Chris Bartlett’s portraits of former Iraqi detainees bring some long overdue humanity and perspective to an era that largely went without. Take the time to visit The Detainee Project, read about the case, and view more of Bartlett‘s work.
“The Purpose of this site is to bring together the various forces, both artistic and legal, that are working to alert the world of the extent to which the treatment of detainees in Iraq is not only legally and morally abhorrent but also undermines the very character of our nation.”
detained november, 2005 – may, 2006
single, he lives with his family. he had served in the iraqi military. “they interrogated me 2 to 3 times a day. i started not recognizing night from day.” he passed out at each interrogation. he does not remember how long he was in that cell, but he thinks it was a month. then they look him to abu ghraib. “first they got me naked, and they tied my hands to the door. my detention lasted six months. i was always naked, always tied to the door. my detention lasted six months. they brought the dogs to us.” just before his release, they told him he has been falsely arrested. “i started to have a very severe depression. i started sitting by myself alone. i became not normal. my family understands this.”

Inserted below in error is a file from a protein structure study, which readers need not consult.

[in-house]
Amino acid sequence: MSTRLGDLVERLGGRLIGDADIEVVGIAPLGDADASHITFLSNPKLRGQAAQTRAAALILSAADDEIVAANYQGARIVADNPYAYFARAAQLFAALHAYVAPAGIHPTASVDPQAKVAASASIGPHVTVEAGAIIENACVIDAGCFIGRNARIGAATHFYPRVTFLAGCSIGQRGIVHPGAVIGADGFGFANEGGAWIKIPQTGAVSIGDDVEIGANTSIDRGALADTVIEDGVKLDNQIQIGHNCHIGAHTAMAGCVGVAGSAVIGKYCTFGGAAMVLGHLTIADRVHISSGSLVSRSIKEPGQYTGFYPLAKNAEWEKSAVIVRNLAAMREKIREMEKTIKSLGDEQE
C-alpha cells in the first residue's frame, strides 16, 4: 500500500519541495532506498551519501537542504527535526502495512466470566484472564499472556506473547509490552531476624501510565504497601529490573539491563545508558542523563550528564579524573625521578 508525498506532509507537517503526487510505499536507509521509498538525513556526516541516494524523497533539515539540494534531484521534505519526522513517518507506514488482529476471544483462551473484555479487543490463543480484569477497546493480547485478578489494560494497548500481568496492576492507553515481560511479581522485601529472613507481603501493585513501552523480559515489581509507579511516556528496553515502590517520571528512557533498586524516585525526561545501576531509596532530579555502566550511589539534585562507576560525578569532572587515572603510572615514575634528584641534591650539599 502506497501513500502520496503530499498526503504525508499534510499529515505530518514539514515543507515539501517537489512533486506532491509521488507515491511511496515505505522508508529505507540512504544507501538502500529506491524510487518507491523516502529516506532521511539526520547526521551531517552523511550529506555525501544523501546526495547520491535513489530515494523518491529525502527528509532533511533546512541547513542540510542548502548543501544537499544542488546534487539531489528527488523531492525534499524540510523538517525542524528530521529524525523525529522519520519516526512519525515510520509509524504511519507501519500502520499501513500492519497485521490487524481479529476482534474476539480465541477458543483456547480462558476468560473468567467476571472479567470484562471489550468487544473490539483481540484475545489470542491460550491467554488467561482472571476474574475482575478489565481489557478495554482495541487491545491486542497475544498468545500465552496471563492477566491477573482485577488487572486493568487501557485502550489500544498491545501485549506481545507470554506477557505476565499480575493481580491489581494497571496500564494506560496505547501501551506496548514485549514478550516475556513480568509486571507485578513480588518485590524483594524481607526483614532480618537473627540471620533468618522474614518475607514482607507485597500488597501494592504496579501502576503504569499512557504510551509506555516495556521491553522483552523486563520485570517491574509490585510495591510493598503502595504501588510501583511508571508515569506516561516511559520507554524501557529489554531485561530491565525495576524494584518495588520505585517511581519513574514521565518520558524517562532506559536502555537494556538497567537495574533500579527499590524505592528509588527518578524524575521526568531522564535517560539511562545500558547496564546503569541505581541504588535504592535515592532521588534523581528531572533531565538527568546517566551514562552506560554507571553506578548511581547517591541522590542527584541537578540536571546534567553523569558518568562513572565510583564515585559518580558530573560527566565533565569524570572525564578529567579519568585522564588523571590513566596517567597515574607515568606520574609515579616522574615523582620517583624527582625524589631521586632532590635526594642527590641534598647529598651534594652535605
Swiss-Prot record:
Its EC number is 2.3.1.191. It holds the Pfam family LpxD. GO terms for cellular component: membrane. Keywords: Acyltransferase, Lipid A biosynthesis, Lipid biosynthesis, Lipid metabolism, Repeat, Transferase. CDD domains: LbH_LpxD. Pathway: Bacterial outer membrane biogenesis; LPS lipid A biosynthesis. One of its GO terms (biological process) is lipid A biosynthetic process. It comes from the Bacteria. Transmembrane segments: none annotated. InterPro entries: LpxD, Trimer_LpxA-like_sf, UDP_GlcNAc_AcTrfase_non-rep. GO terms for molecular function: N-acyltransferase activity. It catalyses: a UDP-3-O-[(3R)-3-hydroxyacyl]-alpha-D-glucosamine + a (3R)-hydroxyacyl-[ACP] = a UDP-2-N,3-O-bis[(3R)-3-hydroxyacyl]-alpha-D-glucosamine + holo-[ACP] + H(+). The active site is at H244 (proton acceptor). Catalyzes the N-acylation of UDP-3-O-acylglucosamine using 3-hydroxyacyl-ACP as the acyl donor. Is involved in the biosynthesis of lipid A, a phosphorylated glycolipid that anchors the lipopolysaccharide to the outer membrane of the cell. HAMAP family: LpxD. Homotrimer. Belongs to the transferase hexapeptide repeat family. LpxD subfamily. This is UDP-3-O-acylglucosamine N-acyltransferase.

detained may 21, 2004
unmarried, he worked in construction. they stormed his house at 3:30am. when he opened the door, a solider slapped his face and broke a tooth. a sunni, he said he was turned in by a shiite informant. “in the jail, all the prisoners were sunni.” one of the interrogators, “a pretty, young, blonde woman,” called his brother “a pig, a criminal, a terrorist, and an animal.”
in prison, “I fell apart psychologically.”
detained january 7 – june 23, 2006
a student of islamic studies, he worked for the islamic faculty at the university in baghdad. “when they broke in, they hit me with a weapon and broke my rib. i remained handcuffed behind my back for 16 days. my shoulders were swollen with blood. they put us in black boxes about a meter high, handcuffed and lying down. while i was in the box, every 20 to 30 minutes someone would kick the door really hard.” when he fainted, they took him out, gave him an iv, and put him back in the box. this happened every three days.